Unison Housing … what are you thinking?!

Unison Housing … what are you thinking?!
Simon Harvey

Many will know that our Kensington Community Network (KCN) meets regularly to share news, perspectives and needs in the community. This committee is jointly managed and chaired by Unison’s Deb Wilson and Rebecca Smith from Kensington Neighbourhood House (KNH).

The KCN has a long history. It was originally a community development sub committee, appointed by the Minister for Housing, to function as a steering group for the Kensington Public Housing 10-year redevelopment.

Sometime before our recent KCN meeting, many of us knew that one of our co-chairs, Deb Wilson (Unison Housing community engagement place manager), who works on the Kensington Estate (just east of JJ Holland Park), was retiring from her role after 17 years.

At the meeting, which was Deb’s last day, we got a shock when we heard that Deb did not know if, when, or by whom she was being replaced! How can that be?

Unison Housing itself says, “place managers are at the heart of the delivery of our housing services”.

Importantly, she also had a unique community engagement role. This role, in particular, was critical to the “coal face” work that often dominated Deb’s schedule.

 

Yes, you got it. Unison Housing, which is a very important housing manager working on behalf of the state government, clearly hadn’t planned to appoint a successor for Deb.

 

Make no mistake, over her 17 years she is leaving some big shoes to fill. She was a key person connecting the community with the Kensington Estate. She was a go-to person for residents, particularly for renters on the estate. One would think that a role so critical would be immediately filled, with a hand-over period to help the successor.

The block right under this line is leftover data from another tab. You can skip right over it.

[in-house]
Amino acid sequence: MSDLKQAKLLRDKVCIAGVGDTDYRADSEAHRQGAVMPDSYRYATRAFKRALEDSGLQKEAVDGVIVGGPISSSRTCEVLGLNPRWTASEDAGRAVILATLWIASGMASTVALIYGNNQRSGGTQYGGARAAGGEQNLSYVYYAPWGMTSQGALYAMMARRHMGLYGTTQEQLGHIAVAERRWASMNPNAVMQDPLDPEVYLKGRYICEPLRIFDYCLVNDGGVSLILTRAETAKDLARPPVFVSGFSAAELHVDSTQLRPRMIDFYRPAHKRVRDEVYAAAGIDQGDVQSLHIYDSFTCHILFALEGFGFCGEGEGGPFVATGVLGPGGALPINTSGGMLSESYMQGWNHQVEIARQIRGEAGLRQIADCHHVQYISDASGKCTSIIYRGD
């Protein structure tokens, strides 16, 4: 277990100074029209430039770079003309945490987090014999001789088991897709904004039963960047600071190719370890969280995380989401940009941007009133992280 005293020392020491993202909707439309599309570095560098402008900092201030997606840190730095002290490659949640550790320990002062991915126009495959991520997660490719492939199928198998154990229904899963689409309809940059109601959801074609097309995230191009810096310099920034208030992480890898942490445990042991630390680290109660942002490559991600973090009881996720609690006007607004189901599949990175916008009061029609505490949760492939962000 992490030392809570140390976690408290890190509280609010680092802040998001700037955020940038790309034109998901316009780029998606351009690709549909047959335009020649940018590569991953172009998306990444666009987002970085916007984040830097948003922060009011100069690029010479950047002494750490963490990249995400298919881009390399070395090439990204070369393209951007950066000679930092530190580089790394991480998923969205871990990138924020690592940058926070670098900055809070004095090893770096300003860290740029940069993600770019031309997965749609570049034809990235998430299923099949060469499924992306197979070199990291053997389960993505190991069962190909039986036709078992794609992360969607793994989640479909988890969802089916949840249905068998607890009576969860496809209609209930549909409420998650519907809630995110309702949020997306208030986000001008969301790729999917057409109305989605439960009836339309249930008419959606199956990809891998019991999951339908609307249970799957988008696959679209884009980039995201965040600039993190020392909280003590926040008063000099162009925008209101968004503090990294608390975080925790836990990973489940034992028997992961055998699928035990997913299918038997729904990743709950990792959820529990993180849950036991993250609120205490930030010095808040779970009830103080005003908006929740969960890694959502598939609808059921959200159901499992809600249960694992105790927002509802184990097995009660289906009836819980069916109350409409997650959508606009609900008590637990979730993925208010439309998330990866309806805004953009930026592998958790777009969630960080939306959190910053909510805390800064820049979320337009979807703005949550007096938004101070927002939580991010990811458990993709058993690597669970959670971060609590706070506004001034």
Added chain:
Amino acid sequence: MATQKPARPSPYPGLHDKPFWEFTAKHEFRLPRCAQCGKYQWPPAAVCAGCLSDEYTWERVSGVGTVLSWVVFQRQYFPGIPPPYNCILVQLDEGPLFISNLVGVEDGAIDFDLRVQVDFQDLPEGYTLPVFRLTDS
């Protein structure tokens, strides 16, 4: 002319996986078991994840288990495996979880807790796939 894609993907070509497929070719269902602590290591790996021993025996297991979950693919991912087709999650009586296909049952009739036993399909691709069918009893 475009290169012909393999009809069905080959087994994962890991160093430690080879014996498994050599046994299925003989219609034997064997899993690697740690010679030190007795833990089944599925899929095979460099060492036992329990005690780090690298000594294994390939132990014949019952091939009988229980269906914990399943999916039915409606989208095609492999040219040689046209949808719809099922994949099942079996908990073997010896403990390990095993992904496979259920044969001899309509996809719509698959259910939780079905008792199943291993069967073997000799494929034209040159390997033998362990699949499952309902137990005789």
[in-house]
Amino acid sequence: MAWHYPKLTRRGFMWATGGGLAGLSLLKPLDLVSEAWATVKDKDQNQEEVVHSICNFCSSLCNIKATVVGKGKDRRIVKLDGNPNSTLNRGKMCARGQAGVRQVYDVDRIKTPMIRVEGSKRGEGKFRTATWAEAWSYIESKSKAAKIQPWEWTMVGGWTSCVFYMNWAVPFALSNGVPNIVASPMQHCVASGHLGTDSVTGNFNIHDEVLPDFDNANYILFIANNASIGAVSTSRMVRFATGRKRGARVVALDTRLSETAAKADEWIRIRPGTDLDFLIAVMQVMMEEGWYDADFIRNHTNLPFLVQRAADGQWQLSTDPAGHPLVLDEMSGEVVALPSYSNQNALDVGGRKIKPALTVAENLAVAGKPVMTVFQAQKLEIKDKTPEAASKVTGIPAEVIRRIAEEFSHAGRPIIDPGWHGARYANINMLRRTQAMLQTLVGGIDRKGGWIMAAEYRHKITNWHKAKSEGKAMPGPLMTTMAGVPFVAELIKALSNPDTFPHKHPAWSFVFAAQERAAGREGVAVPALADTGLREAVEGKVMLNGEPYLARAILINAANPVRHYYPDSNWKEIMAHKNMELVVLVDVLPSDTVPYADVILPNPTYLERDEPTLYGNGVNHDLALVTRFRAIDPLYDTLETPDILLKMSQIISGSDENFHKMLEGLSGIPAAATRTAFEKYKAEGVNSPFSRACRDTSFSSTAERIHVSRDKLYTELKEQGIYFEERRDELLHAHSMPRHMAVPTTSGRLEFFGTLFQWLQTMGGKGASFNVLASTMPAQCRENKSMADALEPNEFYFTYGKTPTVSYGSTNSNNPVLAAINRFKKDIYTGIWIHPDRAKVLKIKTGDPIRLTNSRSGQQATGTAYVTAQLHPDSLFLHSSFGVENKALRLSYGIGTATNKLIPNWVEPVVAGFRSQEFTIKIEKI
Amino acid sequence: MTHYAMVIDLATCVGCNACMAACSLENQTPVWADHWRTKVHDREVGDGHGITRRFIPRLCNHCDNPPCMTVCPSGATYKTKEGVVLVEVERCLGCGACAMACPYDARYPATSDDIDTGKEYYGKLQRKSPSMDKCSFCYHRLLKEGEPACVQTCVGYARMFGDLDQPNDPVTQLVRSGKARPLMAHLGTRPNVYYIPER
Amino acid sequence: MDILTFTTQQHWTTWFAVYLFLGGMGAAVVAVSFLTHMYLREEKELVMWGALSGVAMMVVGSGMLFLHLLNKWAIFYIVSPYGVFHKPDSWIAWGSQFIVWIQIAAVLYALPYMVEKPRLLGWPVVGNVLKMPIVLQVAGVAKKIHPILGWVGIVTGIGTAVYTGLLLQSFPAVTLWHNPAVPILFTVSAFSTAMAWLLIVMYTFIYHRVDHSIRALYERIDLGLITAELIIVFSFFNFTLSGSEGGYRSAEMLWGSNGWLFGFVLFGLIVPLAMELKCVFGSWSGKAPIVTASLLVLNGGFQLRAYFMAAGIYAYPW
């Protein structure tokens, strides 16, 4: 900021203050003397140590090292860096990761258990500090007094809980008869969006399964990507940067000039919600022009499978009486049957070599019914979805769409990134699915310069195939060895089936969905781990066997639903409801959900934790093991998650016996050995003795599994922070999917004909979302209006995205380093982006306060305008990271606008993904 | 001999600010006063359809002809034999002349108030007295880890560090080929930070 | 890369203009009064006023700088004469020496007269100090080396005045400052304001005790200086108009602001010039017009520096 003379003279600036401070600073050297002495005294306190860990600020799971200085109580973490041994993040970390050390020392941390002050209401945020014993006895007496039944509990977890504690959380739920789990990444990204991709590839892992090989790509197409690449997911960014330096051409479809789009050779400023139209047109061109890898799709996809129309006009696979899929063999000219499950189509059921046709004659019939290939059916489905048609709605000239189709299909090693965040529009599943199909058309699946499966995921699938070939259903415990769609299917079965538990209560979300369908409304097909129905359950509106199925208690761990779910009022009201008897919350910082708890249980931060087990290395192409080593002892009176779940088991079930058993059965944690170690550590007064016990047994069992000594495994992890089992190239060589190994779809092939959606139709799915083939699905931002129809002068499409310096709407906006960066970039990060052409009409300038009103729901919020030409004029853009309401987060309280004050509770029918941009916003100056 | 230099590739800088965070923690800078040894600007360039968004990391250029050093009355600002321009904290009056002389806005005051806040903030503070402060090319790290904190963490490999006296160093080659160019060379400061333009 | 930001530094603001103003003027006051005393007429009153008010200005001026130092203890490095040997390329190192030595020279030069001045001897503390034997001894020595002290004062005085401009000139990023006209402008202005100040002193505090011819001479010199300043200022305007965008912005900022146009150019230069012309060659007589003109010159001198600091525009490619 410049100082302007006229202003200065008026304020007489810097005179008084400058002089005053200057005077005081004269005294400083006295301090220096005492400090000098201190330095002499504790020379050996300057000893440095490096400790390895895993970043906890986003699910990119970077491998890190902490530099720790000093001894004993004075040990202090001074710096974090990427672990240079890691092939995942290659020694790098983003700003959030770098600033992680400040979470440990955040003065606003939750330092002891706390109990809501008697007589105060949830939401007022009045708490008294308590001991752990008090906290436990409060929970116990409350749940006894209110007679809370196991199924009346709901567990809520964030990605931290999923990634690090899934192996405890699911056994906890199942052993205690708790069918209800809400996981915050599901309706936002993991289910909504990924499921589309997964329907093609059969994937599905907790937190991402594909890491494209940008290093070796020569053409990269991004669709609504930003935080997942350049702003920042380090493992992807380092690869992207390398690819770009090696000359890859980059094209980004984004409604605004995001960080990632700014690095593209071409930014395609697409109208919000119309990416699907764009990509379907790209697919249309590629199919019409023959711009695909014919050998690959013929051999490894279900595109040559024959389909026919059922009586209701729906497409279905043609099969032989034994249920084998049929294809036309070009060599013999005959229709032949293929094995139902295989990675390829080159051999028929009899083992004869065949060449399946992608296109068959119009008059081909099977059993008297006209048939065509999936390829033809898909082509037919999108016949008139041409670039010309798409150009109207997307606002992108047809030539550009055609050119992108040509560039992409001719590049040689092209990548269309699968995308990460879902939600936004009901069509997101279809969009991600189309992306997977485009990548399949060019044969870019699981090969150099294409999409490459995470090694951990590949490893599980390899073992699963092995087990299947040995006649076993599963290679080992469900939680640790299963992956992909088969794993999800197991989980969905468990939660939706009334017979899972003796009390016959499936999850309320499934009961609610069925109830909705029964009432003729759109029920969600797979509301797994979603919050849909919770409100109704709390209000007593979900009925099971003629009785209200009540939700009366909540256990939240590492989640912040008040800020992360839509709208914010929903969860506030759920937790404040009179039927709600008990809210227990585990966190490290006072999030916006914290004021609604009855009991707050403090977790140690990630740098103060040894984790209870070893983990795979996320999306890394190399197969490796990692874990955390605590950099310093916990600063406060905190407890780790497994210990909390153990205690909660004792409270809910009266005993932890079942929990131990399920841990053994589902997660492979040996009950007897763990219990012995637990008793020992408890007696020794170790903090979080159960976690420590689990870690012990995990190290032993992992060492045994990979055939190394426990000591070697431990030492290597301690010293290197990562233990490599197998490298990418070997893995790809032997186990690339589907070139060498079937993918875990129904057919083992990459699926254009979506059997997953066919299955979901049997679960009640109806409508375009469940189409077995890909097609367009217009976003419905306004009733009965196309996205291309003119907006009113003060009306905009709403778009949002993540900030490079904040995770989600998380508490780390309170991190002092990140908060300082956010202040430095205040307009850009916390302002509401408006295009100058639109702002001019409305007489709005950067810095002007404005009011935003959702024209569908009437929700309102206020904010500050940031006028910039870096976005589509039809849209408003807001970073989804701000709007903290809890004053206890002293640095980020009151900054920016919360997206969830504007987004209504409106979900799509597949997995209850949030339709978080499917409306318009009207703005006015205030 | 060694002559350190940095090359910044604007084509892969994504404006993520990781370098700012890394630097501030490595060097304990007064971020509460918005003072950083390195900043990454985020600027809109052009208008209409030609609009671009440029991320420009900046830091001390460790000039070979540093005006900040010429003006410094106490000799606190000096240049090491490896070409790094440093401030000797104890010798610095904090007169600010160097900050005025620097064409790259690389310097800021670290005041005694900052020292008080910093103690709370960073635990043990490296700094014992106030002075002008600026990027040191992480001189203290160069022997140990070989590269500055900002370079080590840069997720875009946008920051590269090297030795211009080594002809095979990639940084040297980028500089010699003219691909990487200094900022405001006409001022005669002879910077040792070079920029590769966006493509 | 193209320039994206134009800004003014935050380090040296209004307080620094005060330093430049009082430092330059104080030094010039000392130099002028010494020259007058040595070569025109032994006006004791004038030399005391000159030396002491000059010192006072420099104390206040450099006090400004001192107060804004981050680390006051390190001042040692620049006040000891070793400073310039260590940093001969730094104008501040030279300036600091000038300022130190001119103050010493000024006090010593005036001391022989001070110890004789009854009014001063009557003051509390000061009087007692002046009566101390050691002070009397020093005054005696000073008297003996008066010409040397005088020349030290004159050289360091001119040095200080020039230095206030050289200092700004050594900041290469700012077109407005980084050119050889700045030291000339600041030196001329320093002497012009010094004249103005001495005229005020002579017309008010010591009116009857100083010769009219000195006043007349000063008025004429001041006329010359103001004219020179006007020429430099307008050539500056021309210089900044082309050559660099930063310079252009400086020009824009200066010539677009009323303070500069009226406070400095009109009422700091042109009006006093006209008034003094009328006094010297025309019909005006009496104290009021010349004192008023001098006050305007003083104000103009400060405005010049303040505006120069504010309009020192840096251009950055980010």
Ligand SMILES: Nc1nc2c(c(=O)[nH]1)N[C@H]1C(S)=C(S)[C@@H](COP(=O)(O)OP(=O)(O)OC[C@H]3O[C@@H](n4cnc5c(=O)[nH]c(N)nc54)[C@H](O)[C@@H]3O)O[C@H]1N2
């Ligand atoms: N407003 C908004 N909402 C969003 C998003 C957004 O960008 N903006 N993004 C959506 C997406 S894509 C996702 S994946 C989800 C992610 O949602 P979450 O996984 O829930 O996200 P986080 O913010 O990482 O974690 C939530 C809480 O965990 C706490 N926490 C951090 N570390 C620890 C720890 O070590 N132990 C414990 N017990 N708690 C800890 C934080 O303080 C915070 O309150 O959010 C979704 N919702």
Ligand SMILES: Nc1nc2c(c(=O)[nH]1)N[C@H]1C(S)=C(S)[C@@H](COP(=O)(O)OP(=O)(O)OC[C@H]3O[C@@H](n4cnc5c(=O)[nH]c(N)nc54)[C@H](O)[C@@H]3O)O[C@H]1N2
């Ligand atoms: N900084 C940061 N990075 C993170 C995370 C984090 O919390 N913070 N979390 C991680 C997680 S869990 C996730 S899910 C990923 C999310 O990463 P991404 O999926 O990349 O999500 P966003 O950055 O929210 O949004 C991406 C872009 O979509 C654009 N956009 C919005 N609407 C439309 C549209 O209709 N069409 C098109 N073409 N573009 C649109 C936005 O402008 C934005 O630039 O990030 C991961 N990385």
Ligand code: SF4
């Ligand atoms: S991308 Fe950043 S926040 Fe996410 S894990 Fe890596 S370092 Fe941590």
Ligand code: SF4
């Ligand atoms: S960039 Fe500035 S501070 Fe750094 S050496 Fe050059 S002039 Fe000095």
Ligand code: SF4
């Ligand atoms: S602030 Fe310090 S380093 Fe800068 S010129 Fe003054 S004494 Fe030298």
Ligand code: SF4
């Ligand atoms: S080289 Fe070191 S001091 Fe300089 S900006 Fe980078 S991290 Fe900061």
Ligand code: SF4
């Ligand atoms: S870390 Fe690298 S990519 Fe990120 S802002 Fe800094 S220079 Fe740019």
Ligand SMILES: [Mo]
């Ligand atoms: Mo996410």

Deb had also been the leading light in organising community festivals. In 2019 the Kensington Food Forest, a project set up by Deb and Jacqui Van Heerden from Transition Town Kensington (TTK), received both a Victorian and National Best Practice Community Engagement Award.

Also, more recently, Deb has been a leader in two further significant achievements:

First, a community engagement award from the Kensington Somali Community, and secondly, a super-progressive initiative together with TTK, KNH, the Town Hall Compost Hub, and the Kensington Urban Farm Collective, where she helped secure nearly $150,000 for a circular economy project in Kensington.

Having a community engagement role should be a “feather in the cap” for Unison Housing. Governments are beginning to understand just how critical having someone with community development nous is.

Does Unison understand this? It doesn’t seem they do. I understand that community engagement positions are not thick on the ground in Unison Housing.

Having a further look at Unison Housing’s website, in its value statements a key “value” jumps out at me: “We put the customer at the heart of what we do, we value each other and welcome diversity”.

How can this oversight occur if “the customer is at the heart” of what Unison is doing, and place managers are ‘”at the heart of the delivery”?  The community engagement role was clearly “people” and community wide focused, as opposed to “property” focused.

Unison Housing has an obligation to deal with both. Community engagement and placemaking should clearly be at the “heart” of this. The renters at the Kensington Estate (Unison’s clients), are some of the most vulnerable members of the community; they are juggling their lives amid a housing crisis.

Unison Housing CEO, James King, has responded to our questions saying … “We are currently assessing what is needed for the role/community engagement [Deb’s position] more broadly before we decide on next steps.”

Kensingtonians will be listening and watching. •

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